The question for crime scene investigators then becomes, when are these precautions necessary to employ? Consider this: every scene that we enter is a foreign environment. We are going into the homes, businesses, and spaces of others whose sanitary practices are unknown to us. The simplest answer, albeit cumbersome, is to treat each scene as if it were a known “hot zone. Even otherwise un-suspicious death investigations now bring with them a question of whether Covid-19 is within the etiology of death. That burglary scene now poses the risk of contracting a virus from interacting with the victim, or a surface that the Coronavirus positive offender deposited the pathogen upon.

It is also well worth observing that these precautions extend beyond the threat of a pandemic and into the realm of our daily reality as we negotiate scenes with visible and latent amounts of transdermal drugs. Not unlike a virus transmitted through skin absorption, respiratory inhalation, or mucous membranes, Fentanyl and the opioid epidemic are similarly introduced to unsuspecting investigators. However, where the virus has a relatively low mortality rate, exposure to Fentanyl or a derivative can quickly become nearly instantly fatal. The Department of Health and Human Services cites from a 2019 national survey on drug use and mortality more than 47,000 overdose deaths in 2018 (DHHS, 2019). In a recent news story, an Oklahoma Police Officer is seen collapsing on department surveillance footage after being exposed to Fentanyl mixed with methamphetamines he seized. Despite wearing gloves while packaging the drug evidence, the officer was still exposed and effected. Thankfully, his fellow officers were quick to action and were able to treat him with immediate does of naloxone. So: what is the best recommended PPE protocol for handling evidence that may possible include the fatal chemical agent? The CDC offers guidance there, too; and we’re wise to occasionally review it. The precautions are tiered by the level of response, and crime scene investigators are among the most at risk. For investigators actively collecting suspected drug materials the CDC recommends, at minimum: an elastomeric air purifying respirator, safety goggles, thick or doubled nitrile gloves, and a class 4 ensemble or a full body Tyvek style suit. Again, this is the minimum recommended level; we cannot stress enough that these recommendations be utilized across various investigative units (CSI, Narcotics, and others) tasked with any responsibility to collect drug materials. It should also be noted that unlike the personal hygiene response to a viral threat, the use of alcohol based hand sanitizer should not be implemented when encountering potential Fentanyl.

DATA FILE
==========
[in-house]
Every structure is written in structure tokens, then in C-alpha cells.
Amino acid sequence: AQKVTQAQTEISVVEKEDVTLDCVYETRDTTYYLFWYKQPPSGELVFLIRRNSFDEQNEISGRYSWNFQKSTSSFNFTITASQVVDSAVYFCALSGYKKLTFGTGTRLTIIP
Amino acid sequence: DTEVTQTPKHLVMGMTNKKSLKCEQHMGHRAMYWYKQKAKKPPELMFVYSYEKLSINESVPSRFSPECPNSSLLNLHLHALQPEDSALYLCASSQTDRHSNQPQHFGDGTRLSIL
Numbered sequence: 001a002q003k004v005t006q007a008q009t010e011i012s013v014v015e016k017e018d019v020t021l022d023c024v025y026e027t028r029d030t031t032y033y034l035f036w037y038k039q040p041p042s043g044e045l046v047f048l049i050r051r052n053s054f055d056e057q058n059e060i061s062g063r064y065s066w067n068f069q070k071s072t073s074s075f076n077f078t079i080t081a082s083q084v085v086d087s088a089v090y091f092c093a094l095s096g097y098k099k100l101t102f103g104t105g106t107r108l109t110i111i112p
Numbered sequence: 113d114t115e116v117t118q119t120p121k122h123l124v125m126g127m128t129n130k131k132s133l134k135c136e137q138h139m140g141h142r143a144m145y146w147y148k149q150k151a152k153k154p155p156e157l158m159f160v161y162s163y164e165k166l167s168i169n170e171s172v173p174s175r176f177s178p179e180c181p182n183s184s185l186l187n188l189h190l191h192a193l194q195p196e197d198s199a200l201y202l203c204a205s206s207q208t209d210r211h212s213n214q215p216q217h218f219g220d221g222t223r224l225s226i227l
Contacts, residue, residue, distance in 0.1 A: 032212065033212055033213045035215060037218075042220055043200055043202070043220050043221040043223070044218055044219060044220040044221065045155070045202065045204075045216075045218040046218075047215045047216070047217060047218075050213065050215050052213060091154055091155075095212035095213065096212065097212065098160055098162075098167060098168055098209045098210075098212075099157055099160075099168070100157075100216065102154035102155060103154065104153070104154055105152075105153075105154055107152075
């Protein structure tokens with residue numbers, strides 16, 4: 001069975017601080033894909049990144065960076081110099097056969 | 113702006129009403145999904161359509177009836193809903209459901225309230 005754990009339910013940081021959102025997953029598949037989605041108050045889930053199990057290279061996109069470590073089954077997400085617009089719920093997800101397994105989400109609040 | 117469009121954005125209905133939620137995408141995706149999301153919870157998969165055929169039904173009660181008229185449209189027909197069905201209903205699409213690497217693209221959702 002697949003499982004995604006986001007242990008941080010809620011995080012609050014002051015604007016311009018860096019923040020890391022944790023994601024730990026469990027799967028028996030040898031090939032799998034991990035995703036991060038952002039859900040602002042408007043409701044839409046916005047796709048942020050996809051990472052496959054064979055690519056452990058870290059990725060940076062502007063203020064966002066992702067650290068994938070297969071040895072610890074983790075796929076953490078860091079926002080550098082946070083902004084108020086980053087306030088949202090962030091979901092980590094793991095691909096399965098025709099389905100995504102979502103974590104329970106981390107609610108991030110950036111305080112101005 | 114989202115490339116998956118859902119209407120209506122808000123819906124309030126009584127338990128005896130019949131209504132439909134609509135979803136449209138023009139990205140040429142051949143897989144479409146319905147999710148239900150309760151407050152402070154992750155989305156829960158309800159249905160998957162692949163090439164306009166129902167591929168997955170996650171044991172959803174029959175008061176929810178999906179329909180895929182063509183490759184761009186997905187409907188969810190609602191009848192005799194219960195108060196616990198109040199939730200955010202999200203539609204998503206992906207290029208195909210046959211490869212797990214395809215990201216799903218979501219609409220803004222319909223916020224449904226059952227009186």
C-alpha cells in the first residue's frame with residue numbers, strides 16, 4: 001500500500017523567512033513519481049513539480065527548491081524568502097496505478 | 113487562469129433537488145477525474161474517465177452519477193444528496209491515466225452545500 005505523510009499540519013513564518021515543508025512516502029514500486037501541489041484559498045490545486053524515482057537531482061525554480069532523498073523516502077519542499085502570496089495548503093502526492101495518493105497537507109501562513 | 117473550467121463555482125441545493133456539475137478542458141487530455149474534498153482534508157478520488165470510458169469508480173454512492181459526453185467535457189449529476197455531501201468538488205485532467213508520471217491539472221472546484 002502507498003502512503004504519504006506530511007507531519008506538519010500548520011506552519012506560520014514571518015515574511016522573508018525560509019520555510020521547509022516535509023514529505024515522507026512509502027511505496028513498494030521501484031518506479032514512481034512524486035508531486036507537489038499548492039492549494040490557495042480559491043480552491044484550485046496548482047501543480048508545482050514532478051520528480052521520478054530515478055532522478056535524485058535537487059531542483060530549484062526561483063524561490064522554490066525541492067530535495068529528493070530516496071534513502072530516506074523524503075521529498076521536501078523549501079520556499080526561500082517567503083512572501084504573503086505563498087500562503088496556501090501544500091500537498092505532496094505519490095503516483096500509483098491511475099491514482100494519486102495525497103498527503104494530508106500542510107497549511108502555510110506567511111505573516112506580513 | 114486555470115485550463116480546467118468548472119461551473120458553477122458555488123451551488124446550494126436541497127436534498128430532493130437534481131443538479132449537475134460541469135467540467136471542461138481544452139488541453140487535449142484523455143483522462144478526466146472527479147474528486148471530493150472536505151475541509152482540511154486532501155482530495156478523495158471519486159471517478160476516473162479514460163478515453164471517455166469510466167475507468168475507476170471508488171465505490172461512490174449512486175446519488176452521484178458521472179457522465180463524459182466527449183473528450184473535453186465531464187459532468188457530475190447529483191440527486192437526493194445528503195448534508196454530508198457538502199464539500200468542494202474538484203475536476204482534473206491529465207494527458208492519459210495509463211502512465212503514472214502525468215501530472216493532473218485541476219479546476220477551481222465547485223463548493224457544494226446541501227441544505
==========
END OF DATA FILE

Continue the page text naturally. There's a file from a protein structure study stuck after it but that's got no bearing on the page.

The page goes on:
As in so many areas of law enforcement, complacency kills. As experts in our field we owe it to ourselves, our peers, and our colleagues, to model appropriate behaviors that amount to lifesaving precautions. Whether in anticipation of a viral pandemic or a drug search-warrant, the dangers facing investigators are similar – and therefore similarly averted. Stay safe.

#covid19 #coronavirus #firstresponders #pandemic #universalprecautions #delta5labs



References:

Casiano, L. (2020, March 11). Oklahoma police officer collapses, given overdose-reversal drug Narcan after fentanyl exposure. Retrieved from https://www.foxnews.com/health/oklahoma-police-collapses-given-overdose-reversal-drug-narcan-after-fentanyl-exposure

Center for Disease Control and Prevention. (2020, March 14). What Law Enforcement Personnel Need to Know about Coronavirus Disease 2019 (COVID-19). Retrieved from https://www.cdc.gov/coronavirus/2019-ncov/community/guidance-law-enforcement.html

Department of Health and Human Services. (n.d.). What is the U.S. Opioid Epidemic? Retrieved from https://www.hhs.gov/opioids/about-the-epidemic/index.html

Occupational Health and Safety Administration . (n.d.). Healthcare Wide Hazards (Lack of) Universal Precautions. Retrieved from https://www.osha.gov/SLTC/etools/hospital/hazards/univprec/univ.html